MORE needs to be done to raise awareness of diverse personnel who have contributed to the military, a senior member of the armed forces has said.

During the First World War, over a million Indian soldiers, about 400,000 of them Muslims from present-day Pakistan, battled alongside British forces.

However, a recent study by think tank British Future found just 22 per cent of people in Britain knew Muslims had fought for Britain.

Major Naveed Muhammad MBE is the chairman of the Armed Forces Muslim Association (AFMA). Launched in 2009, the initiative helps to connect Muslim serving personnel from the army, navy and air force so they can support one another.

Muhammad told Eastern Eye it had been “powerful” to see recognition for the British Indian Army in the lead up to Remembrance Sunday (11).

“Organisations such as the armed forces, Royal British Legion, and AFMA, alongside others, have promoted greater awareness in recent times,” he said. “However, there is more to do to bring attention to all the various faiths and communities that have contributed to our nation’s security.”

Muhammad, who was awarded an MBE in 2016, recently delivered a Muslim service of commemoration at the Woking Peace Garden, the original resting place for some of the
Muslim soldiers killed during the two world wars. The event was attended by Muslim communities from around the country.

FIGHTING TALK: Major Naveed Muhammad

“Broadening the understanding of the role Muslims play in our armed forces among British Muslim communities and beyond is a key part of my role as the chairman of AFMA,” he explained.

Last Friday (9), imams in mosques around the country gave remembrance-themed services in honour of Commonwealth soldiers who fought for Britain.

Imam Qari Asim, chair of the Mosques and Imams National Advisory Board, agreed that most Muslims needed to learn about their ancestors’ contribution during the war.

“It’s important that they do – this shared history of contribution is something that we can all commemorate in Britain, whatever our ethnicity or faith,” he said.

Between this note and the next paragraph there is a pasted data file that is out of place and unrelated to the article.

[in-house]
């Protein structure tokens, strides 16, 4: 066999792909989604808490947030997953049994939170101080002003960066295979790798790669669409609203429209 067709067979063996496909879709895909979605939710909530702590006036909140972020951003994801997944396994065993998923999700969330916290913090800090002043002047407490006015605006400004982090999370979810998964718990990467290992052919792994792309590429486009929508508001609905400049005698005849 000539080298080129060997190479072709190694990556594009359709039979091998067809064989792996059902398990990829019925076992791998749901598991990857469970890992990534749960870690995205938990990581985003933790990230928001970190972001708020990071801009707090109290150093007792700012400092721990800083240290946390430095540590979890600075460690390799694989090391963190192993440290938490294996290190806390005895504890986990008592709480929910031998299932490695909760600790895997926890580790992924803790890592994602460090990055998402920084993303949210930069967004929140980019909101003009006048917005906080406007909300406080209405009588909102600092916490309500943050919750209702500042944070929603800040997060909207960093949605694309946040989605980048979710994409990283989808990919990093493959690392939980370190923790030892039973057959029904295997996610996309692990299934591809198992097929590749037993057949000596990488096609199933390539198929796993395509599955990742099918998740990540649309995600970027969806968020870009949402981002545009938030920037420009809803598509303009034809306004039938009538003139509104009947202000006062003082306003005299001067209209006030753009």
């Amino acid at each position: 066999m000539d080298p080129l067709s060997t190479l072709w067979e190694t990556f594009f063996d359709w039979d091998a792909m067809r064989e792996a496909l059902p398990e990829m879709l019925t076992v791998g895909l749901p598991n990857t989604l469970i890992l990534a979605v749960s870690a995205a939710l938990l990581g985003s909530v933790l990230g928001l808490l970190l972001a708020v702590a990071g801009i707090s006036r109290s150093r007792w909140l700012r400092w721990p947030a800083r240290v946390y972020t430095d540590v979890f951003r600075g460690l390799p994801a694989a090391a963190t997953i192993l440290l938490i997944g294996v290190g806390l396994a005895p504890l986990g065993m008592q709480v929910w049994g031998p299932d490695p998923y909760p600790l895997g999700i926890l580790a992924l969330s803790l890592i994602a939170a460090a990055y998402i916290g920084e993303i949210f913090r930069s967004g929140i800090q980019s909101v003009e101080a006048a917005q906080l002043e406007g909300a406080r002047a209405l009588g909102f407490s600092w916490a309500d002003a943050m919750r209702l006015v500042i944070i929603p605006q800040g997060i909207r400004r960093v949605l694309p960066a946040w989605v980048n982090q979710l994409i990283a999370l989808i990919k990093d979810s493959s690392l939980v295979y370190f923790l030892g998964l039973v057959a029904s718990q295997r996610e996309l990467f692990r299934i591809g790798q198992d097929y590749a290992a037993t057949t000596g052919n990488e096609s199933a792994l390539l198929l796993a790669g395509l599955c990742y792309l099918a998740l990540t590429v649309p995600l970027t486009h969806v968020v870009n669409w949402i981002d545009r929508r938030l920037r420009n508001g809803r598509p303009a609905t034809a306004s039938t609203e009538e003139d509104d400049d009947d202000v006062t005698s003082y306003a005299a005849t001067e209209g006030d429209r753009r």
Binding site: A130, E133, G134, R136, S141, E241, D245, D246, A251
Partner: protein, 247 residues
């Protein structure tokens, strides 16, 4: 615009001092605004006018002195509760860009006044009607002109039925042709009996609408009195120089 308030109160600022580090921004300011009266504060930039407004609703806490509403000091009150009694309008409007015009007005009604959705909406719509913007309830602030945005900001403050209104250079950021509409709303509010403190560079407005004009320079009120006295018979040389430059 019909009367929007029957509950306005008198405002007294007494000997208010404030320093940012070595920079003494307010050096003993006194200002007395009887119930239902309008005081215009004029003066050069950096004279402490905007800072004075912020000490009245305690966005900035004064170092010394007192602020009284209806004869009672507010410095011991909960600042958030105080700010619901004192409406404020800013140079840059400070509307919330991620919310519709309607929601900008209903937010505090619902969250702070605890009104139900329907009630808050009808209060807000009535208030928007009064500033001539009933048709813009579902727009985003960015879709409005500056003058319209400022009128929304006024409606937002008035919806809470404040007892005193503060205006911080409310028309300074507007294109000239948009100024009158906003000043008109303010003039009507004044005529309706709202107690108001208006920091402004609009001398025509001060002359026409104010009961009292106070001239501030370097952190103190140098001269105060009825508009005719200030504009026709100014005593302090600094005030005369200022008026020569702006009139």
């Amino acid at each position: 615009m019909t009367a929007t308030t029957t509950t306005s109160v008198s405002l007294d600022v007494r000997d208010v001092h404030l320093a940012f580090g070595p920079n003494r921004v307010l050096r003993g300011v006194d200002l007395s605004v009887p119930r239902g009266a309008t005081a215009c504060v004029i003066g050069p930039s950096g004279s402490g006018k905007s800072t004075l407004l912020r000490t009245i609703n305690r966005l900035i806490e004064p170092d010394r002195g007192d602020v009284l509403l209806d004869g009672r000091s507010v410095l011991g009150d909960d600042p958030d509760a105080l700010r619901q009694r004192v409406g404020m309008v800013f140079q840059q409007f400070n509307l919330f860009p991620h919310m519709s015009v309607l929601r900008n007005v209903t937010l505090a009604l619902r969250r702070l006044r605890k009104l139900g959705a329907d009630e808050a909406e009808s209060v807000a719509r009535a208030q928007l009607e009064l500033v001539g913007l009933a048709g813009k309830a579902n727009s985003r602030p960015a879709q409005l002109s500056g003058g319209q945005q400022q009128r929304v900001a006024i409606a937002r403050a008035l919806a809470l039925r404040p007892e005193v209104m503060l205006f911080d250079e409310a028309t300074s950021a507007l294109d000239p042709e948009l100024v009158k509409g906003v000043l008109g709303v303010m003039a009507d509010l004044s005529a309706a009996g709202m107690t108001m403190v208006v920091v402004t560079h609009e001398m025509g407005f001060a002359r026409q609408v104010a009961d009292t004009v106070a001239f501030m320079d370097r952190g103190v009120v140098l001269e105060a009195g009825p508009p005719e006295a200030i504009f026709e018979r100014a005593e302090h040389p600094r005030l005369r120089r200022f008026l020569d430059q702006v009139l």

As part of the Remember Together initiative from British Future and the Royal British Legion, primary and secondary students and families from different ethnic and faith backgrounds in Bradford, London and Derby were encouraged to make poppies to remember war heroes.

“To better understand our shared values, the act of remembering together across different communities, is a powerful way to stand united against those who seek to divide us,” Muhammad said.

Last week, it was announced that the armed forces would increase the number of recruits from Commonwealth countries such as India and Sri Lanka. The defence ministry said Britain’s military would increase Commonwealth recruits to 1,350 per year. It is expected
to be introduced over the next few years.

At present, the UK employs some 4,500 Commonwealth citizens in the military.

Muhammad said he welcomed the opportunity to see increased diversity in the ranks, noting the service that the Commonwealth had already provided.

“From before WW1, citizens of the Commonwealth have served in a variety of roles, in many conflicts in order to safeguard Britain’s interests at home and overseas,” he said.

“Many of these have been decorated for courage and valour, including those awarded the Victoria Cross.”

Looking back on his own experience of marking the contribution of south Asian soldiers, Muhammad recalled travelling to France in 2008 where he visited the Neuve-Chapelle
Indian Memorial.

It honoured some 4,742 soldiers who gave their lives in the Battle of Neuve-Chapelle – the
first major action of the Indian Corps.

In Belgium, he visited the Menin Gate Memorial where almost 54,400 Commonwealth
and British casualties are honoured.

“[My visits] extended my understanding of how the forces fought alongside one another,”
he said.

“Both sites really brought home to me the scale of the contribution of those from present-day India, Pakistan and Bangladesh.”